Uncommon Person: Santhosh Nair

Santhosh is Uncommon.

Santhosh Nair is Vice President and General Manager of qPCR business at Thermo Fisher Scientific. In this role, he leads all aspects of strategy, technology and product development for molecular and genetic sciences. Santhosh lives in Encinitas, CA with his wife and loves travel, yoga and staying fit. 

We asked Santhosh to share some uncommon sense from his life and career.


Bulldog Drummond: What value, phrase or uncommon truth do you live by?
Santhosh Nair: I try to be a better version of myself every day. This is a hard truth to live by, since the first step is to be radically honest with yourself. However, once you get used to this approach, you learn to prioritize your time and energy for things that really matter and spend time with people that you really care about. 


BD: What gets you out of bed in the morning? What’s your purpose?
SN: At Thermo Fisher, we make the products that are used for COVID-19 testing. Making sure our factories are running smoothly and being able to deliver our products on time to our customers is what gets me out of bed. These are unusual circumstances with a pandemic ravaging the world. We are going through an experience that most haven’t seen in the last hundred years and hopefully will not see in the next one hundred years after we are past this. This whole year, I haven’t been able to think about much else. 

BD: What’s the most useful question you ask often? Why?
SN: I have always tried to understand who people are before I get into the “what” and “why”. This curiosity makes me ask questions that are considered personal in Western culture. I have this way of asking something personal about the people that I meet. It helps me create a connection with people right away and makes the environment less transactional. It does come from my genuine curiosity to know someone and learn about their world. 

BD: What makes you uncommon? 
SN: We are a product of our environments and our decisions. I grew up in Trivandrum, a small city in southern India, and wanted to see the world. In the last 25 years, I have lived in Bangalore, Tokyo, Milwaukee and San Diego. In addition, the nature of my job has allowed me to spend time in diverse parts of the world. This journey that I have had and the incredible people that I have met on the way have greatly influenced my worldview.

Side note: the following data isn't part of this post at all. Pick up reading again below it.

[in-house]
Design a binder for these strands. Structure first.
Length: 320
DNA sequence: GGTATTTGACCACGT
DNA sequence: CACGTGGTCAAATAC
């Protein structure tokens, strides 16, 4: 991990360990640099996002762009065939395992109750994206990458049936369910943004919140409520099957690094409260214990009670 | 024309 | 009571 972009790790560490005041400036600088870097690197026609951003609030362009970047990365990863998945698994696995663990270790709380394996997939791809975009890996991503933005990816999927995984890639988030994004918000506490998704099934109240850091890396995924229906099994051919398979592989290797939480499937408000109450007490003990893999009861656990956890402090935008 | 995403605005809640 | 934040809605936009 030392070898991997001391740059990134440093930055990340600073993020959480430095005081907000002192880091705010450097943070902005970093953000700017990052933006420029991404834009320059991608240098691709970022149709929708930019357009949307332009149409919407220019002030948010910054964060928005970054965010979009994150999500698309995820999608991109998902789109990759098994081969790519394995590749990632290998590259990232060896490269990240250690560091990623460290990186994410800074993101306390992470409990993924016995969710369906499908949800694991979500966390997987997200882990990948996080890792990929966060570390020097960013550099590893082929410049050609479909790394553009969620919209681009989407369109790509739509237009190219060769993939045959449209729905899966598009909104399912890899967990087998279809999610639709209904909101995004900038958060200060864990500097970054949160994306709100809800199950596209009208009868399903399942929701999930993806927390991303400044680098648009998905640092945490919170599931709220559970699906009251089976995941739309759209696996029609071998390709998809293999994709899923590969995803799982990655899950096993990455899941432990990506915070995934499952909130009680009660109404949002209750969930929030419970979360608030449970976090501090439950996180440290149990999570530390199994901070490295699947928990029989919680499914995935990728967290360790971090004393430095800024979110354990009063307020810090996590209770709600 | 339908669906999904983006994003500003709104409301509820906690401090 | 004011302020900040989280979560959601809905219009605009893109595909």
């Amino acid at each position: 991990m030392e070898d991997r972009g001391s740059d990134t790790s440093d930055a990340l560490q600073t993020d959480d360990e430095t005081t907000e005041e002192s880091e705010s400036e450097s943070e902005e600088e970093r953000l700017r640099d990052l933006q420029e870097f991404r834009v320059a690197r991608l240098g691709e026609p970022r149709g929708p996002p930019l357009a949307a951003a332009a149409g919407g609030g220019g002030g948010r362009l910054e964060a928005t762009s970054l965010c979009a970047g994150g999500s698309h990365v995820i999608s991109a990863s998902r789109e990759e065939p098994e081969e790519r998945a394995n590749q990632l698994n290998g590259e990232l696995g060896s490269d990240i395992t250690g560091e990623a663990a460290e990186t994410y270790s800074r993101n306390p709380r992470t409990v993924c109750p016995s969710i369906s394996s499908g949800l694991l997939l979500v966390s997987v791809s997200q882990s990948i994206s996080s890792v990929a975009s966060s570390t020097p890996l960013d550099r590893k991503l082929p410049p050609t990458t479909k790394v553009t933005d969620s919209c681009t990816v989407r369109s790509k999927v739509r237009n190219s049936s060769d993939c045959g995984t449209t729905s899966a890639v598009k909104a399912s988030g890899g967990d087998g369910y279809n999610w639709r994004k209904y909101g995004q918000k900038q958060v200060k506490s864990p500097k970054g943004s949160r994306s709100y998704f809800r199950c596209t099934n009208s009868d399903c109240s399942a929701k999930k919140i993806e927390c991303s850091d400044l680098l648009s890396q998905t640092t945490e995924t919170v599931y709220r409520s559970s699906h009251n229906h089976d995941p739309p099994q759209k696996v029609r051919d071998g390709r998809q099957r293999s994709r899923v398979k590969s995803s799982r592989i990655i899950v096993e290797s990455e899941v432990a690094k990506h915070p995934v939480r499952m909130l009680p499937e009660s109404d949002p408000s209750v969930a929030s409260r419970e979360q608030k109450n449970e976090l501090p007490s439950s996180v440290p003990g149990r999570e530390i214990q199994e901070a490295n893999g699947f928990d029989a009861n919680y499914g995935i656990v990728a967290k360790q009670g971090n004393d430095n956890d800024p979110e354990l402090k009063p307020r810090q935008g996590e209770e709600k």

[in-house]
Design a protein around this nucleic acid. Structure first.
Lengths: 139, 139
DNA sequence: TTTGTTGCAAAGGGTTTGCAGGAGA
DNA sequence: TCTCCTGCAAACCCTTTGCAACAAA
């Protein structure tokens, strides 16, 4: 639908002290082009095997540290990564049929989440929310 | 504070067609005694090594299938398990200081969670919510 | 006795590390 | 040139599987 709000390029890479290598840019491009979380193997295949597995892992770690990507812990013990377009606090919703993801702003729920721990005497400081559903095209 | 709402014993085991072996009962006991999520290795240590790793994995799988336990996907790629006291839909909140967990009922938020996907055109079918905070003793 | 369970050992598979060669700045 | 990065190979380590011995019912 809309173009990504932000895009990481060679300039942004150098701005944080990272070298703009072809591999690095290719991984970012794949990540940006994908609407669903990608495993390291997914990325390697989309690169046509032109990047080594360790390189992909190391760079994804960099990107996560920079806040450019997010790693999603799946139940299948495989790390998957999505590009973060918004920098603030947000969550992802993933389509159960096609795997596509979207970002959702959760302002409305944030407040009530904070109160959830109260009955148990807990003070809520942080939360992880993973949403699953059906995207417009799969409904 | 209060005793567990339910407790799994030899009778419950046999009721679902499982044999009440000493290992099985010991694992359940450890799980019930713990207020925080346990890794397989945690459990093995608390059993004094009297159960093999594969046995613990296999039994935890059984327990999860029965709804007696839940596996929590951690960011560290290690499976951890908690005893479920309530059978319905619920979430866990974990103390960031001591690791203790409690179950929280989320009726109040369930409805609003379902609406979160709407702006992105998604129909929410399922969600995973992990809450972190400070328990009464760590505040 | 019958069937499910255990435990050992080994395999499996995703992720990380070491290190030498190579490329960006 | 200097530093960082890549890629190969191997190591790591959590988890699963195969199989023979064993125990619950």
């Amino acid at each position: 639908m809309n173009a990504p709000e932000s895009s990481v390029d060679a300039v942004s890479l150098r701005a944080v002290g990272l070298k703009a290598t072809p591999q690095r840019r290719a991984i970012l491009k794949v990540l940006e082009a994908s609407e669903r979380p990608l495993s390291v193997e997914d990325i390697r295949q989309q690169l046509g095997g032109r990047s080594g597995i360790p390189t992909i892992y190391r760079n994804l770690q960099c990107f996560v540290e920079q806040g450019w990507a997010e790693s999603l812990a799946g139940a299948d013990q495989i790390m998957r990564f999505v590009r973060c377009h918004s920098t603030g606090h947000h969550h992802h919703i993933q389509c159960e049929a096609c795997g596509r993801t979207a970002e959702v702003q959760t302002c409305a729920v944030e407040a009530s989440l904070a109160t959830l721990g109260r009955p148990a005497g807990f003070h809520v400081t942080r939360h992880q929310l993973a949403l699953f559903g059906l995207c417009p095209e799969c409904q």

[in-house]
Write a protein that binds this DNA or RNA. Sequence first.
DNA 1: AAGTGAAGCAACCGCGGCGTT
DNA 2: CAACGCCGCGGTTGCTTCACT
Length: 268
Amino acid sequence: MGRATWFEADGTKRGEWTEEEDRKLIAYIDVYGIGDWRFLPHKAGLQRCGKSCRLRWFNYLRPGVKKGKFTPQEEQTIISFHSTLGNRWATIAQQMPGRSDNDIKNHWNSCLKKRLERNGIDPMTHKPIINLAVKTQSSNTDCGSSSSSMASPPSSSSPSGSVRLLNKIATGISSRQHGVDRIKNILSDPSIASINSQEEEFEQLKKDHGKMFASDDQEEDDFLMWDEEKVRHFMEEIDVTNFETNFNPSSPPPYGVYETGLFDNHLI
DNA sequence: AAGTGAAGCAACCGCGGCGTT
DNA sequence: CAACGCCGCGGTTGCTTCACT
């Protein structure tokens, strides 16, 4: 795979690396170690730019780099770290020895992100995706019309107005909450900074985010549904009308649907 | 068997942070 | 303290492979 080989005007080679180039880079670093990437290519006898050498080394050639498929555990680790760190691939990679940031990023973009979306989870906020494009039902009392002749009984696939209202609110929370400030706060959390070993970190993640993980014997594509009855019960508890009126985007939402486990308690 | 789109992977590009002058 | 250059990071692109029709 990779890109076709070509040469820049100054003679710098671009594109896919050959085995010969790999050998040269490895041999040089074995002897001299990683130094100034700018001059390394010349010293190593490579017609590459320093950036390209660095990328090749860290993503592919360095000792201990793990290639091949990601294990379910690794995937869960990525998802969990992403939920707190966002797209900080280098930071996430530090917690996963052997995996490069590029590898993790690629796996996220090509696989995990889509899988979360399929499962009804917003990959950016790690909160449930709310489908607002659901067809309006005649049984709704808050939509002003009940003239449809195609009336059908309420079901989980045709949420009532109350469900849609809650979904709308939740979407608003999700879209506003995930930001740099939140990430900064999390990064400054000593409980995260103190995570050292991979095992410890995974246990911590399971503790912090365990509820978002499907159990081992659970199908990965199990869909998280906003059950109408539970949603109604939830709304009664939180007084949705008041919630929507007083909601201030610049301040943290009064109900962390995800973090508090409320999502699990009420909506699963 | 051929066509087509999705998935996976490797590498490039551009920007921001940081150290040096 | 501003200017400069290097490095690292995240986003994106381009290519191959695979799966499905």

BD: What is the most important decision you made in the last 12 months?
SN: The decision to go spend two weeks with my parents in India last Christmas. With COVID-19 and international travel restrictions, I am not sure when we can head out there next. 

BD: What are you working on that you are excited about?
SN: At the Genetic Sciences Division of Thermo Fisher, we are working on all aspects related to COVID-19 testing—the instruments that are used to test for the disease, the master mixes that are used in the tests, and the tests themselves. There cannot be a more meaningful set of projects to work on as we are serving our purpose to make the world healthier, cleaner and safer. 

BD: When you look back, what impact will you have made in the world? SN: I have been fortuitous in life to be part of some epic product organizations at GE, Intel and now Thermo Fisher—CT Scanners, Embedded Computing Systems and now Genomics. Hopefully, I created an environment that enabled creative and productive teams to come together and build meaningful products that can tackle the world’s problems. 


BD: Considering the state of the world, what is your biggest observation about humanity/society?
SN: This pandemic has shown us that we are never prepared enough to handle seismic disruptions to our way of life. Doesn’t matter what guardrails you put in, the next one will still knock you down. It is very easy to latch on to all the negatives and get weighed down and lose hope. People are frustrated because of the uncertainty around their economic prospects, health, freedom and quality of life. These times call for strong leadership, direction and clarity. It is very important not to lose hope and stay resilient.

BD: Have you learned anything new about yourself during this time?
SN: I am an optimist. The last six months has tested my optimism in many ways. We are still ways away from putting the pandemic behind us, but what I have realized is that having the resolve to show up every day, being your very best in these challenging circumstances, and building an environment of trust and safety for those around you can do magic and can change the trajectory of outcomes. 

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